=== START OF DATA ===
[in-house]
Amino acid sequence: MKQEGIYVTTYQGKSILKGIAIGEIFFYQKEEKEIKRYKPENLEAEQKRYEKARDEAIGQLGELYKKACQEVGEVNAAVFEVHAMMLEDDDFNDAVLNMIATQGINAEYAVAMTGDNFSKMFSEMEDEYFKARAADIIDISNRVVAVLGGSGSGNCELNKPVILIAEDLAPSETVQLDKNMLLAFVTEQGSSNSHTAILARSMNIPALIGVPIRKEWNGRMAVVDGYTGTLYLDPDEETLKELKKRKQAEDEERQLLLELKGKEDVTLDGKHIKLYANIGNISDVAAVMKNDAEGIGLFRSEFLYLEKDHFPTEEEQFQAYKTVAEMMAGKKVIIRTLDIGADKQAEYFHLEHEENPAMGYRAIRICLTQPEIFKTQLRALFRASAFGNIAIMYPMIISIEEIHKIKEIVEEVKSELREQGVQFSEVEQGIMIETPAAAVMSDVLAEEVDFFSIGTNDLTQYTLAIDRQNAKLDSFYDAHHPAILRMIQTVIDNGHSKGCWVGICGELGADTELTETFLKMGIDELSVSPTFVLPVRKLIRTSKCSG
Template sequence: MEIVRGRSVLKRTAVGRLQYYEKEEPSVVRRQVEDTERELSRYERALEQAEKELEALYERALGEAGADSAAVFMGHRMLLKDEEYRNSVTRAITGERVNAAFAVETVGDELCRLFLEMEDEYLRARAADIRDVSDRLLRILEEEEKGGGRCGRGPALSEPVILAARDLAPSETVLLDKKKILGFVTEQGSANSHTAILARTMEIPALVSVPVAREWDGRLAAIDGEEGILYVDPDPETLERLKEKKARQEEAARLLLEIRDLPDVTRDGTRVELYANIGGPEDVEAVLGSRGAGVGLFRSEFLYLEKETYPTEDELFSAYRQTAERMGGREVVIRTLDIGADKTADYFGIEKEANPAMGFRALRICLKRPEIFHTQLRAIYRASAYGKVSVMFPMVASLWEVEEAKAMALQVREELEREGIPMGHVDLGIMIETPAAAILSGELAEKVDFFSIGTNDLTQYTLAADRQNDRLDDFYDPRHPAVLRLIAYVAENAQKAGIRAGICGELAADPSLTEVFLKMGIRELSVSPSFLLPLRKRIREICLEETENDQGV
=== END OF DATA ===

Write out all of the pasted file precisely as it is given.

[in-house]
Amino acid sequence: MKQEGIYVTTYQGKSILKGIAIGEIFFYQKEEKEIKRYKPENLEAEQKRYEKARDEAIGQLGELYKKACQEVGEVNAAVFEVHAMMLEDDDFNDAVLNMIATQGINAEYAVAMTGDNFSKMFSEMEDEYFKARAADIIDISNRVVAVLGGSGSGNCELNKPVILIAEDLAPSETVQLDKNMLLAFVTEQGSSNSHTAILARSMNIPALIGVPIRKEWNGRMAVVDGYTGTLYLDPDEETLKELKKRKQAEDEERQLLLELKGKEDVTLDGKHIKLYANIGNISDVAAVMKNDAEGIGLFRSEFLYLEKDHFPTEEEQFQAYKTVAEMMAGKKVIIRTLDIGADKQAEYFHLEHEENPAMGYRAIRICLTQPEIFKTQLRALFRASAFGNIAIMYPMIISIEEIHKIKEIVEEVKSELREQGVQFSEVEQGIMIETPAAAVMSDVLAEEVDFFSIGTNDLTQYTLAIDRQNAKLDSFYDAHHPAILRMIQTVIDNGHSKGCWVGICGELGADTELTETFLKMGIDELSVSPTFVLPVRKLIRTSKCSG
Template sequence: MEIVRGRSVLKRTAVGRLQYYEKEEPSVVRRQVEDTERELSRYERALEQAEKELEALYERALGEAGADSAAVFMGHRMLLKDEEYRNSVTRAITGERVNAAFAVETVGDELCRLFLEMEDEYLRARAADIRDVSDRLLRILEEEEKGGGRCGRGPALSEPVILAARDLAPSETVLLDKKKILGFVTEQGSANSHTAILARTMEIPALVSVPVAREWDGRLAAIDGEEGILYVDPDPETLERLKEKKARQEEAARLLLEIRDLPDVTRDGTRVELYANIGGPEDVEAVLGSRGAGVGLFRSEFLYLEKETYPTEDELFSAYRQTAERMGGREVVIRTLDIGADKTADYFGIEKEANPAMGFRALRICLKRPEIFHTQLRAIYRASAYGKVSVMFPMVASLWEVEEAKAMALQVREELEREGIPMGHVDLGIMIETPAAAILSGELAEKVDFFSIGTNDLTQYTLAADRQNDRLDDFYDPRHPAVLRLIAYVAENAQKAGIRAGICGELAADPSLTEVFLKMGIRELSVSPSFLLPLRKRIREICLEETENDQGV